...for correctly predicting Blue Ridge was selling its entire position.
If you don't mind my asking, how did you figure that out? The only data I had was BR's 2 million share reduction in 2Q.
Were there other data points I missed? How did you know, for example, that the 2 million share sale in 2Q would lead to an 11 million share sale in 3Q, rather than, say, another 2 million share sale in 3Q?
How could you be sure 2Q's share sales would even be repeated at all?
I wasn't sure they'd be completed out, but I really did think they'd keep selling. Maybe I am delusional and it was a lucky guess, but here is a rough summary of the analysis which is really a recap of what I argued to you last quarter.
There seemed to be an artificial overhang on the stock (particularly around 3.00) despite a ton of buyers and excellent earnings news. None of the other large institutional holders had sold the prior quarter, nor did they have large enough positions to support the volume of sales. It did not seem to me that retail investors were selling that much stock (or that they would sell it in that fashion -- seemed to be an institutional player). If you were a retail investor who believed in the story before the earnings reports, you did so afterwards unless you were one of those technical analysis blah blah blah guys, so why sell?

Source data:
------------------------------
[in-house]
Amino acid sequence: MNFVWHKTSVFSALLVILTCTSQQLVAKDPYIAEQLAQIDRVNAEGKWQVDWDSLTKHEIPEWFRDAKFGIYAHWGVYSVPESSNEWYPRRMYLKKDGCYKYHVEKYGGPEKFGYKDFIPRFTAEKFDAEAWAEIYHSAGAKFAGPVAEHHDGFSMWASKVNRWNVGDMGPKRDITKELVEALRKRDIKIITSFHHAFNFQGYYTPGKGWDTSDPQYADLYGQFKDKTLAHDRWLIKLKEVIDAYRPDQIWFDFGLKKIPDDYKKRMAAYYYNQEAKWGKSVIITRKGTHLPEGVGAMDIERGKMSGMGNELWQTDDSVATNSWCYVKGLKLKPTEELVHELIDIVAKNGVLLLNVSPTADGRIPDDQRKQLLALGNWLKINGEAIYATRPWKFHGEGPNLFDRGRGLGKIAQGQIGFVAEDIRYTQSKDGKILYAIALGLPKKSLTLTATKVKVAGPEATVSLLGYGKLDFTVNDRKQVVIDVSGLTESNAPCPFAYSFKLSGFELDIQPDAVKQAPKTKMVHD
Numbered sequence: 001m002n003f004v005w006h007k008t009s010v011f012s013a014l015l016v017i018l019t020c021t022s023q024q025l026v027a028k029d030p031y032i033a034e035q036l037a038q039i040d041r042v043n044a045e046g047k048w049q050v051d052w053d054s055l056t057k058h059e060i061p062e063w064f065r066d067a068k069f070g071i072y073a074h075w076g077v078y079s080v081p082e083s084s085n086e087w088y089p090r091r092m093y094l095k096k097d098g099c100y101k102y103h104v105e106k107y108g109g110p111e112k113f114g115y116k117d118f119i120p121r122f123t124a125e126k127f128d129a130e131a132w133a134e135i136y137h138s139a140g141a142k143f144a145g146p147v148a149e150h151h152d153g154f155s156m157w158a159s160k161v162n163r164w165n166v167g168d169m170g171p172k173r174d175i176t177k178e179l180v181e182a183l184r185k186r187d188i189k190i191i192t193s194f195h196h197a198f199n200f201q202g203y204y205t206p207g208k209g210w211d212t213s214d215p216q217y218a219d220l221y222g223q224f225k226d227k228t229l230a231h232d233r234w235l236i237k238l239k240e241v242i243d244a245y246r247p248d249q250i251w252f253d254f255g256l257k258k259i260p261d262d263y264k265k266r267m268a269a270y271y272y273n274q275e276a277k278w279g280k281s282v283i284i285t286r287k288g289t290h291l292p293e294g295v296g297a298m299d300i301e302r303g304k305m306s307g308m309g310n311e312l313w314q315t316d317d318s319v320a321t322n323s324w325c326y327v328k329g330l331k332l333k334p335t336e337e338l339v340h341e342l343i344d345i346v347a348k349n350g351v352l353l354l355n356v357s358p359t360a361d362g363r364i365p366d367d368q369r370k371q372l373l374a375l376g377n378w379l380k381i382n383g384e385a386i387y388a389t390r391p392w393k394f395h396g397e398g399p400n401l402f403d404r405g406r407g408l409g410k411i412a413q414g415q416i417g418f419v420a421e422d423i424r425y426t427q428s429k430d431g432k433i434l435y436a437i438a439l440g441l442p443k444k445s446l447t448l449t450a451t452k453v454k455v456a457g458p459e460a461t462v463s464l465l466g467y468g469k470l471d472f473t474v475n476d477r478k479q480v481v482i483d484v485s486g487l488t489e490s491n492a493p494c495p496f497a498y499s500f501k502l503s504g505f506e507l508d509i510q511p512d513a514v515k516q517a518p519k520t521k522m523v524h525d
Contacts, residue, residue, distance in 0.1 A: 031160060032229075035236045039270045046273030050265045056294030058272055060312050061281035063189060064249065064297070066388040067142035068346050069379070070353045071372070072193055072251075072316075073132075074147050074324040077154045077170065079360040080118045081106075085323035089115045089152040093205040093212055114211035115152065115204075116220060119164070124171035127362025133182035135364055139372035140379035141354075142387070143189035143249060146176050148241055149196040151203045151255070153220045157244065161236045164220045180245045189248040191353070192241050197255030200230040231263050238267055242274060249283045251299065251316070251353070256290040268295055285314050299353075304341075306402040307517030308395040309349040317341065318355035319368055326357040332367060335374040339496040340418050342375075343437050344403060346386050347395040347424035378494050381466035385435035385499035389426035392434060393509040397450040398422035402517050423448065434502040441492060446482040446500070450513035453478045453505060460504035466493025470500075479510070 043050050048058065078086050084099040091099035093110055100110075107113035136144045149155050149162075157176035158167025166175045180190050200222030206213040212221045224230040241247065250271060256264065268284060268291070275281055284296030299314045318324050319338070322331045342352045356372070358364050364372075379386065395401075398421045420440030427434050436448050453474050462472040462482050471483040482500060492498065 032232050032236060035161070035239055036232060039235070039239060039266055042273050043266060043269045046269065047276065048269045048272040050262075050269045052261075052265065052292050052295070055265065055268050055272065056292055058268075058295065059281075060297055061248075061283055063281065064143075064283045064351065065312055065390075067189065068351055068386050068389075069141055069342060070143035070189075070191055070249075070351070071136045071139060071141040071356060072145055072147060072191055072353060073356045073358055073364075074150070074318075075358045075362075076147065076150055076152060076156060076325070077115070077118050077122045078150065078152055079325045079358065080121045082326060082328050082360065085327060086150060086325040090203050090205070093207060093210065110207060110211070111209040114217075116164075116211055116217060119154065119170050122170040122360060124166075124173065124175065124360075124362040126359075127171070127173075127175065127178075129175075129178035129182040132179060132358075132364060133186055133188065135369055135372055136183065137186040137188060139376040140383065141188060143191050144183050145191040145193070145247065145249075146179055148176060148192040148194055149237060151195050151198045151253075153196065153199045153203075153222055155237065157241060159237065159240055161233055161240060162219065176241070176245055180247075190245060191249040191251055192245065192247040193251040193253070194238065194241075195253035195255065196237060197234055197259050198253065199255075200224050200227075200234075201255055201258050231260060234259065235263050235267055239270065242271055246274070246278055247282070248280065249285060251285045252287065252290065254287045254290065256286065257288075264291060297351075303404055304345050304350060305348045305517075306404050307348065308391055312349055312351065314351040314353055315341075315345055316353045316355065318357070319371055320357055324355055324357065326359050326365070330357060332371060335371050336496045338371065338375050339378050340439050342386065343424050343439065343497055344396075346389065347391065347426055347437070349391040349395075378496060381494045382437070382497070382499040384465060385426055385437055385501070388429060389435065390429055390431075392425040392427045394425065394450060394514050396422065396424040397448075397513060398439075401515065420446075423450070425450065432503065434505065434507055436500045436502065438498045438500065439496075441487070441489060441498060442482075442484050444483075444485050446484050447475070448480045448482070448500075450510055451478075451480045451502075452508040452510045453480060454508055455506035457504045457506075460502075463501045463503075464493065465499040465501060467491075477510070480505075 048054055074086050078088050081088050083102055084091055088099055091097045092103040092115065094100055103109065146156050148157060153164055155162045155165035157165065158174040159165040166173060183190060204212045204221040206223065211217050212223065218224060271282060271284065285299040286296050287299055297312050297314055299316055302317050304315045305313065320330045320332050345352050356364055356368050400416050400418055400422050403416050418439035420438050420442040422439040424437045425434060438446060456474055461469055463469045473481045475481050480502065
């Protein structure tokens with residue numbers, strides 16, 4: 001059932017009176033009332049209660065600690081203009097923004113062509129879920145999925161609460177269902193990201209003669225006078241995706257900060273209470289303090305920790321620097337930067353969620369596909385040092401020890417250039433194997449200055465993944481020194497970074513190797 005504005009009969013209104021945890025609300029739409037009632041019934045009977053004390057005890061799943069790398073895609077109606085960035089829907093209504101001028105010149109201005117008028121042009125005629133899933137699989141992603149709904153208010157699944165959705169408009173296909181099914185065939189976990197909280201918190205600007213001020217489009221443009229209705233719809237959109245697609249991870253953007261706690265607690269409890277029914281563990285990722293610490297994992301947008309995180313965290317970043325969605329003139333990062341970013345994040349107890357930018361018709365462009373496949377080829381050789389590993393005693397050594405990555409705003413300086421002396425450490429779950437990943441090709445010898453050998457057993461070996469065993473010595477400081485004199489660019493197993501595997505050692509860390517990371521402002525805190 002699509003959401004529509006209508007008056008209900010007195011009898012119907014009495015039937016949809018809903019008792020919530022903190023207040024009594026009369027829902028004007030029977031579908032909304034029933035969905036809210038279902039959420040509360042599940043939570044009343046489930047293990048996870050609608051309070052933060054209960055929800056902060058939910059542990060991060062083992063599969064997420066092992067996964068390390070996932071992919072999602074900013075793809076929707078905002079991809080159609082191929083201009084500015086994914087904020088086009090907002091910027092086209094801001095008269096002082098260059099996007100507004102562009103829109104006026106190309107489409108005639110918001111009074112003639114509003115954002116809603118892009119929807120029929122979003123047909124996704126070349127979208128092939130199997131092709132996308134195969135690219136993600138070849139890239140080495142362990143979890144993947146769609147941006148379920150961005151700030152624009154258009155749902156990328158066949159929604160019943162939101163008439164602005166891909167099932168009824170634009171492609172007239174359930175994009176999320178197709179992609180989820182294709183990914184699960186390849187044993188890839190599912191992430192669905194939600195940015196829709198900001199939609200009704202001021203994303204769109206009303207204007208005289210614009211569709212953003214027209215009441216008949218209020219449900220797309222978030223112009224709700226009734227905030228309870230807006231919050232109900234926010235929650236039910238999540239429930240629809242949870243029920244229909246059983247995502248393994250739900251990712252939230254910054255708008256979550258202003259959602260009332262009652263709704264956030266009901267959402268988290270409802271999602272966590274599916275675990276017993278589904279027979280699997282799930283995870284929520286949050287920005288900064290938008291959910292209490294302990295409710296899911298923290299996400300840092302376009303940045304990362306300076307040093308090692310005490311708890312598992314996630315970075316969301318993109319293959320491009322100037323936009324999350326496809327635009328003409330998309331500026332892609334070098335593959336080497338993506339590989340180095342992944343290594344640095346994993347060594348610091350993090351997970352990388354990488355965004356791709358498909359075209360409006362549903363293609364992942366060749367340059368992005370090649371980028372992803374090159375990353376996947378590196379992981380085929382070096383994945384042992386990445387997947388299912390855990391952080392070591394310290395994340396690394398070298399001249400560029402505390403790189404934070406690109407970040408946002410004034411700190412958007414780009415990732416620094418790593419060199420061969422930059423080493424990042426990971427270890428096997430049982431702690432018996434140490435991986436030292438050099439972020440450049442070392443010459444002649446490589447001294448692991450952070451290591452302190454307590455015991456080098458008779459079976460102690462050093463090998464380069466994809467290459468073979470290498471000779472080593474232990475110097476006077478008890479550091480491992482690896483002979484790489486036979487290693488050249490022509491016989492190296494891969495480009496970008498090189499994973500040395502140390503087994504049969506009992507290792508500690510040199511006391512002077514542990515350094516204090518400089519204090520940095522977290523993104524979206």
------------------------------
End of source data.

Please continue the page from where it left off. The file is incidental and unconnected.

Back to institutions -- sure you can have quant funds jump in and out, but for the most part these positions are like big ships, hard to steer, takes time to maneuver -- for really large positions whatever was done last quarter is likely to continue. And Blue Ridge has been trying to get out for awhile (apparently they filed to sell shares in a prospectus years back) and of course that leads to the possibility of the Chinese private equity fund having to wind down.